Basement renovations offer excellent value for the money, and add comfortable living space to any home. But homeowners face many different challenges during this home improvement project. Learn what to expect and how to deal with these common challenges the right way.
Challenge 1-Low Beams or Ductwork
Basement living spaces tend to be darker, unless the elevation of your home allows for larger windows or a sliding patio door. For this reason, you want to maximize ceiling height. Low beams or ductwork make this a challenge, as bulkheads tend to block light and cast shadows.
You have several options when dealing with this challenge:
- Hire a mechanical contractor to rework the layout, moving the lowest sections to the unfinished area of your basement
- Hire a contractor to replace a low beam with something higher, and often stronger
- Build out only the sections that require a bulkhead and leave the balance of your ceiling as high as possible
Depending on your budget and the scope of work, one of these options should stand out to you. Plan to spend more than the average ceiling cost in any case, as all three of these options require additional labor and/or materials.
Consider drop ceilings for basements with substantial ductwork, as this type of ceiling provides easy access to mechanical and electrical work between the first floor joists.
Challenge 2-Posts in Awkward Locations
You may be able to work around a post or two using furniture placement and some creativity, but in many cases, post location ruins the flow of your basement living space. They remain part of the structure of your house and cannot be simply removed for looks or interior design.
Posts hold up the weight of your home and builders must install them at certain locations for stability, based on current building codes. Removing them requires a redesign of the support system, and often ends up costing a significant amount of money.
A double beam or specially designed structural beam can be installed in place of posts. This may lower your finished ceiling height and might require more joists and blocking as well. Speak to a general contractor or basement renovation specialist about how to tackle this particular challenge with minimal cost and maximum safety.
Challenge 3-Musty Smells in the Area
Moisture creates various problems in your home, and a musty odor in the basement is a sure sign of moisture issues. Can you detect a musty, dank smell on boxes stored downstairs? How about on sports equipment, clothing, linens and upholstery? Any soft material absorbs moisture and gives off this distinct smell after a certain length of time.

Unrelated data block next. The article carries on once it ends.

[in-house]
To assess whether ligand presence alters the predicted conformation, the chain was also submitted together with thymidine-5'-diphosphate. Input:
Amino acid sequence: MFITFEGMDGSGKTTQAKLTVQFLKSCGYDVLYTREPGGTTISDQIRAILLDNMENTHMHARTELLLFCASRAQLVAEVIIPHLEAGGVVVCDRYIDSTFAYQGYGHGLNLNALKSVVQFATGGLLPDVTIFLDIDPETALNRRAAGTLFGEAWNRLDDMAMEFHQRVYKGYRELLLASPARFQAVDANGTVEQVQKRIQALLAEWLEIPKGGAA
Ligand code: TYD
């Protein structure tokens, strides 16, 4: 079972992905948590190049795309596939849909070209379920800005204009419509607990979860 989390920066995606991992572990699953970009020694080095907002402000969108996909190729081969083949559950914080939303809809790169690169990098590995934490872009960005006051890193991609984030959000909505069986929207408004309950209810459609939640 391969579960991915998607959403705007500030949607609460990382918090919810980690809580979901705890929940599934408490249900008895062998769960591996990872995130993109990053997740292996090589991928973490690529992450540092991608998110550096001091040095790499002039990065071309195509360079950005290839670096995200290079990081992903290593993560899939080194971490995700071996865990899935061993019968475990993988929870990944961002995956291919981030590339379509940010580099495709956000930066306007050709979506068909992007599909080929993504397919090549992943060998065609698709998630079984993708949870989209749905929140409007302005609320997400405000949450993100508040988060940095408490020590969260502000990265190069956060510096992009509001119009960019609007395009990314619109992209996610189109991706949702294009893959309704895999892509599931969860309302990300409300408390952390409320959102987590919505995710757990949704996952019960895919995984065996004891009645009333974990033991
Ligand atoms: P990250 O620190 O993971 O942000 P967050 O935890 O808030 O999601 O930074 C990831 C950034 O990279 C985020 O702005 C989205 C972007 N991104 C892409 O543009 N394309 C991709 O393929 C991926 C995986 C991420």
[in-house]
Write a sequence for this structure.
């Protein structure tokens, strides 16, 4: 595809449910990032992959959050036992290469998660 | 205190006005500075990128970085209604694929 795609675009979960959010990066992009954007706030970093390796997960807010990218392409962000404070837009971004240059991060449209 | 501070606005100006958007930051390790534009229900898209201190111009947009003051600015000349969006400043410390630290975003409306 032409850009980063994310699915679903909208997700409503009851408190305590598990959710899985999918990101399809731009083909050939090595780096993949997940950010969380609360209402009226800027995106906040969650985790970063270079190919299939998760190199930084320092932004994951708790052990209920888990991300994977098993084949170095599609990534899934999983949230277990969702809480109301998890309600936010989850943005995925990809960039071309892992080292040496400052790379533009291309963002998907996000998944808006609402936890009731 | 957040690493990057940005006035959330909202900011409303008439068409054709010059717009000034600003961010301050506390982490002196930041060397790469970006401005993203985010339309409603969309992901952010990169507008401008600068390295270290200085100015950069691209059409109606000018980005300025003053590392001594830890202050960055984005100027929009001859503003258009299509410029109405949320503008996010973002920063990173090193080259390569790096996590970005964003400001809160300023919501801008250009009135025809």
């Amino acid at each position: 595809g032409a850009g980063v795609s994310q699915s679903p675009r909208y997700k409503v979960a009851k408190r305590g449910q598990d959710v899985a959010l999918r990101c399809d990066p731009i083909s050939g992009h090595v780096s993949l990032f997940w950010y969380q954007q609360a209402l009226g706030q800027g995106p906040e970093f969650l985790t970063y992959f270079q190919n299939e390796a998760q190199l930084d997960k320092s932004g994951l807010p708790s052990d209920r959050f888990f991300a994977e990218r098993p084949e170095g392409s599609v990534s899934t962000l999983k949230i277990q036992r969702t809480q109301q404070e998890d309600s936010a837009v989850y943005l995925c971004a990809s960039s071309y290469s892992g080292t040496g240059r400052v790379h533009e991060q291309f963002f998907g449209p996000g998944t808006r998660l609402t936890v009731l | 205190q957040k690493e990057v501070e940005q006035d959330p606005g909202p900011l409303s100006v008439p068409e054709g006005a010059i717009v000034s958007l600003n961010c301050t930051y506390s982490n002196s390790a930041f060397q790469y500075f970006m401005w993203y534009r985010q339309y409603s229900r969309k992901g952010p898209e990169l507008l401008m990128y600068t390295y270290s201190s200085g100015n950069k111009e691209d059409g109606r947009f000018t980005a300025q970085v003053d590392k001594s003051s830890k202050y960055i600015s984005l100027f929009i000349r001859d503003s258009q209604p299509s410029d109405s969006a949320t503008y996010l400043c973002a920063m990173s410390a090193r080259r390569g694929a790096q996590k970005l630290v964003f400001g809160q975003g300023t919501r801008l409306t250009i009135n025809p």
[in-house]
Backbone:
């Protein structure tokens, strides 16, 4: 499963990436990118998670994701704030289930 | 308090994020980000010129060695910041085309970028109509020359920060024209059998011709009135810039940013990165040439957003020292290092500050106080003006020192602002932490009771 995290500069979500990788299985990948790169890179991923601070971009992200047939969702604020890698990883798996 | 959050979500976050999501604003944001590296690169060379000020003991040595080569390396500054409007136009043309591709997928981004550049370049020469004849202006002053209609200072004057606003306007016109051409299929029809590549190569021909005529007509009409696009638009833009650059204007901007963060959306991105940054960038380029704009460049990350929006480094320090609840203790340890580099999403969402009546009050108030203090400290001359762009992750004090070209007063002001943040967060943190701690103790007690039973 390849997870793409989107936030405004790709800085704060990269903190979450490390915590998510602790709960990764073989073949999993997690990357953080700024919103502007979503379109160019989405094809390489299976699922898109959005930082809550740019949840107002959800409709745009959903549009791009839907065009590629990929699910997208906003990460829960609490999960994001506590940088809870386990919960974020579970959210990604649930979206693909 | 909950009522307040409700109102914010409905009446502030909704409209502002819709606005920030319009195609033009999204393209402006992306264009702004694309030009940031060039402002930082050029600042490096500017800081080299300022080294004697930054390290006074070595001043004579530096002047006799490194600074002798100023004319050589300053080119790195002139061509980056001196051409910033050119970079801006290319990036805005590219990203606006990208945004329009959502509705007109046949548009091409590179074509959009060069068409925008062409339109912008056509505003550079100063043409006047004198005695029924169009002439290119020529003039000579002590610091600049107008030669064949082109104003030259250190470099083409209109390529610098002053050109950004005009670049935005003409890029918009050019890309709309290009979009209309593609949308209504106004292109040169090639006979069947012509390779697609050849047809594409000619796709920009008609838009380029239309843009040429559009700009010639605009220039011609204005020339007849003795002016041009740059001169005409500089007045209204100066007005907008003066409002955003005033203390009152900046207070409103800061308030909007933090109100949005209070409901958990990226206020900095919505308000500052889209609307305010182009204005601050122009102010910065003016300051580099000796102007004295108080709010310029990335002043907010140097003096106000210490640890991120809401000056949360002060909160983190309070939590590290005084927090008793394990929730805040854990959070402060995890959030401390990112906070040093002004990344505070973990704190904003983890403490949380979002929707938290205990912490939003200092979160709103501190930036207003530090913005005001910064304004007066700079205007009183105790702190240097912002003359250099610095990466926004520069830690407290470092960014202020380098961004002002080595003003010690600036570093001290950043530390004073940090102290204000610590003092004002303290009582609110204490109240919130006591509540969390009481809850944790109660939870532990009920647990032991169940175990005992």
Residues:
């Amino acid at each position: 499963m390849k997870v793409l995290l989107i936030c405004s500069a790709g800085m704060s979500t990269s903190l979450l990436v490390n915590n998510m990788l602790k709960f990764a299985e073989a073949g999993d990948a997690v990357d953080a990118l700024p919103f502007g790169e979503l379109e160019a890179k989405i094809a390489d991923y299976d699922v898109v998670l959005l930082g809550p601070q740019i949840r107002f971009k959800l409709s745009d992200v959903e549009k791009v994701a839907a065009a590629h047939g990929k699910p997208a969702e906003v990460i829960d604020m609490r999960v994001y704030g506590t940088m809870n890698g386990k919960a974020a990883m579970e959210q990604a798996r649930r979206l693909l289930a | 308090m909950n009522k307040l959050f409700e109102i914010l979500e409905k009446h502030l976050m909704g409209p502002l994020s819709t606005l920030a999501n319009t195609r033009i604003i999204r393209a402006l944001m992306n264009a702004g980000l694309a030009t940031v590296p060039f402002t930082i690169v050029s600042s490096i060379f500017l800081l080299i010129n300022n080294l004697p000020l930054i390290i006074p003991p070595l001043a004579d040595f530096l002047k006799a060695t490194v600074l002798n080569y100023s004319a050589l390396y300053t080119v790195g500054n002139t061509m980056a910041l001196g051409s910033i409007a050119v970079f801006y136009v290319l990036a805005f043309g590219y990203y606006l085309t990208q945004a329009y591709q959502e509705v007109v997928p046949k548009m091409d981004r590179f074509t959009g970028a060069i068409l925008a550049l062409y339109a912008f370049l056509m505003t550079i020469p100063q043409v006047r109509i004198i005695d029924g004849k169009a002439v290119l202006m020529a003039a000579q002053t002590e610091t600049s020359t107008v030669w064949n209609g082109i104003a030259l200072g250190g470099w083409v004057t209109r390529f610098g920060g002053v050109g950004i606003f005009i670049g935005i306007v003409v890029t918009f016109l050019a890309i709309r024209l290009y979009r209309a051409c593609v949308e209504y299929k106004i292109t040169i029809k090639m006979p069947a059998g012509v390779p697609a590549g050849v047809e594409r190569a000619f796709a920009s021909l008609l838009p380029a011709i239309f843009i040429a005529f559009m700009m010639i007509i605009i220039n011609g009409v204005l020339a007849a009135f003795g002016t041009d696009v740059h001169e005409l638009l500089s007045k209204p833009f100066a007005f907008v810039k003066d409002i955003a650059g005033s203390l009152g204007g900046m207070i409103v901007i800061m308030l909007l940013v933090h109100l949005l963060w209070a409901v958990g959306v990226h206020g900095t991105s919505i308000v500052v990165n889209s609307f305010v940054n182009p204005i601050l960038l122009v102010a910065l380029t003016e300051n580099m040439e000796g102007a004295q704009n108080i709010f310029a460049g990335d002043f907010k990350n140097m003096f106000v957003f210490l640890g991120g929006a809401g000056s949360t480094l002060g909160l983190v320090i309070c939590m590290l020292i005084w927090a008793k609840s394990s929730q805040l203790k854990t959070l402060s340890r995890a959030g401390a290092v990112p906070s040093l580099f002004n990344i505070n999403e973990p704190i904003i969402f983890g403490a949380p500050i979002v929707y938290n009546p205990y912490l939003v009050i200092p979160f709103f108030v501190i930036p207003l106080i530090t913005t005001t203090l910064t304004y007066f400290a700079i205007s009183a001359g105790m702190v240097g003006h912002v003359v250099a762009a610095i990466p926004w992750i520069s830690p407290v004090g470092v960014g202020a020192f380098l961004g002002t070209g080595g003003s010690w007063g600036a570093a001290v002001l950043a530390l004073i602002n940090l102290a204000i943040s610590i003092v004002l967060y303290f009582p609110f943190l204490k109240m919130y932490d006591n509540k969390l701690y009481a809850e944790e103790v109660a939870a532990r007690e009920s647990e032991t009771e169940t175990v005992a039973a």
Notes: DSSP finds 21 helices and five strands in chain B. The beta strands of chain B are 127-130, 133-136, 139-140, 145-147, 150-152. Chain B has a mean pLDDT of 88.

Several steps are required to deal with this problem, and all must be completed before you begin basement renovations in order to eradicate the problem.
- Remove any items with the smell they can be thoroughly cleaned and replaced in the basement, but only once the moisture problems have been addressed
- Locate the source of moisture and determine whether or not this is a persistent or exclusive problem.
- Schedule an inspection by a mold remediation firm to determine the level of harmful mold in your living space.
- Follow the direction given by the contractor to repair moisture issues and reduce the risk of further problems in the future.
Tackle this issue before you close off the basement walls with framing and drywall. Remember to include a vapor barrier and the proper type of insulation within those walls in order to maintain a comfortable living space below grade.
Challenge 4-Cracking in the Foundation Walls or Flooring
All foundations crack. Concrete shifts, expanding and contracting with varying temperatures and reacting to water run off and soil conditions. Cracks of a certain size and in certain locations need to be dealt with before moisture problems occur.
Inspect the size and shape of your foundation cracks. If you can fit a pencil in the space, or the cracks extends across a substantial portion of your floor or wall, it s time to call in a foundation repair specialist.
Some cracks present an alligator pattern, while others merely branch off in a fan shape. Pay attention to the condition of the concrete between cracks. Is it holding together? Can you easily chip the concrete away with your fingers? These conditions indicate a breakdown in the form; more cracking will follow.
You may want to consider applying a sealer to the concrete before finishing the basement. This product will not prevent cracking, but may provide another layer of protection against condensation and other conditions that result from foundation cracks.
Remember to inspect the exterior walls as well, paying special attention to areas around your basement windows and any entrance doors. If you detect large cracks on the outer wall, call a professional for an assessment. You may need to plan for excavation. Consider installing a membrane around the foundation or correcting any grading issues that could contribute to basement water problems in the future.
Excavation and foundation repair come with a high price tag, but remember that your entire home sits on this foundation. Cracks can lead to settling and moisture problems that cost much more to repair and create potentially harmful conditions. Repairing foundation cracks before completing your basement renovations makes sense, and helps to protect your home improvement investment as a whole.
You will face many challenges during your basement renovations, including low beams, support posts in the way, musty smells and foundation cracks. Each of these problems need to be addressed before construction on your living space begins, and all repairs should be handled by a seasoned professional for top results. Take the time to plan your basement remodeling project well and you ll finish with a comfortable, safe and well designed space.Posted by: TrustedPros